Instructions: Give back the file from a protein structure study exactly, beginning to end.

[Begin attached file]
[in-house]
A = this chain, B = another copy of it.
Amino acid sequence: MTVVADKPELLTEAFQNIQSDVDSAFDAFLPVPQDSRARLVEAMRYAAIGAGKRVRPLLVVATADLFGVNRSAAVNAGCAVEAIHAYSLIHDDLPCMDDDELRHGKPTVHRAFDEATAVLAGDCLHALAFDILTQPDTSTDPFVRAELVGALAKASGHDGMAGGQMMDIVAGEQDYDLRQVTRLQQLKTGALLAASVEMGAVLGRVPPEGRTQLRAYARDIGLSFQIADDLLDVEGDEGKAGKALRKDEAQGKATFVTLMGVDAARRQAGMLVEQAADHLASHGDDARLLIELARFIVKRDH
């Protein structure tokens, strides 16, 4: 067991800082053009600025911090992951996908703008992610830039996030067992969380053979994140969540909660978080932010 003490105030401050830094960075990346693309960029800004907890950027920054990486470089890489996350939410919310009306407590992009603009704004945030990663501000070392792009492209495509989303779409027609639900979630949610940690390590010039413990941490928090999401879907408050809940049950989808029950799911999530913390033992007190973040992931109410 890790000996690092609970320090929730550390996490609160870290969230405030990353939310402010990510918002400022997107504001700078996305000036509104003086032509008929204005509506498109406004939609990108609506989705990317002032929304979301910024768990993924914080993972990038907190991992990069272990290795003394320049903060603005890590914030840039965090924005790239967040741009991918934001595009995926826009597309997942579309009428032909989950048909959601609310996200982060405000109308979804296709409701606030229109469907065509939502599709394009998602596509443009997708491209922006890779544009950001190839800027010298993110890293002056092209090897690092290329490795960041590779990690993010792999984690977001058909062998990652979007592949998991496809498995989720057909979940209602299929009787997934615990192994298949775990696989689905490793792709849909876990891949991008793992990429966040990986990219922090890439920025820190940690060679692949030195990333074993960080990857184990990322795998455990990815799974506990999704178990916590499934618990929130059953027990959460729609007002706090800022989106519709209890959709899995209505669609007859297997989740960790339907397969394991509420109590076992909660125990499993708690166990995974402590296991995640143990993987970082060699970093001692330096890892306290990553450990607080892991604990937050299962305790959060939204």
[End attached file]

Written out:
[in-house]
A = this chain, B = another copy of it.
Amino acid sequence: MTVVADKPELLTEAFQNIQSDVDSAFDAFLPVPQDSRARLVEAMRYAAIGAGKRVRPLLVVATADLFGVNRSAAVNAGCAVEAIHAYSLIHDDLPCMDDDELRHGKPTVHRAFDEATAVLAGDCLHALAFDILTQPDTSTDPFVRAELVGALAKASGHDGMAGGQMMDIVAGEQDYDLRQVTRLQQLKTGALLAASVEMGAVLGRVPPEGRTQLRAYARDIGLSFQIADDLLDVEGDEGKAGKALRKDEAQGKATFVTLMGVDAARRQAGMLVEQAADHLASHGDDARLLIELARFIVKRDH
């Protein structure tokens, strides 16, 4: 067991800082053009600025911090992951996908703008992610830039996030067992969380053979994140969540909660978080932010 003490105030401050830094960075990346693309960029800004907890950027920054990486470089890489996350939410919310009306407590992009603009704004945030990663501000070392792009492209495509989303779409027609639900979630949610940690390590010039413990941490928090999401879907408050809940049950989808029950799911999530913390033992007190973040992931109410 890790000996690092609970320090929730550390996490609160870290969230405030990353939310402010990510918002400022997107504001700078996305000036509104003086032509008929204005509506498109406004939609990108609506989705990317002032929304979301910024768990993924914080993972990038907190991992990069272990290795003394320049903060603005890590914030840039965090924005790239967040741009991918934001595009995926826009597309997942579309009428032909989950048909959601609310996200982060405000109308979804296709409701606030229109469907065509939502599709394009998602596509443009997708491209922006890779544009950001190839800027010298993110890293002056092209090897690092290329490795960041590779990690993010792999984690977001058909062998990652979007592949998991496809498995989720057909979940209602299929009787997934615990192994298949775990696989689905490793792709849909876990891949991008793992990429966040990986990219922090890439920025820190940690060679692949030195990333074993960080990857184990990322795998455990990815799974506990999704178990916590499934618990929130059953027990959460729609007002706090800022989106519709209890959709899995209505669609007859297997989740960790339907397969394991509420109590076992909660125990499993708690166990995974402590296991995640143990993987970082060699970093001692330096890892306290990553450990607080892991604990937050299962305790959060939204």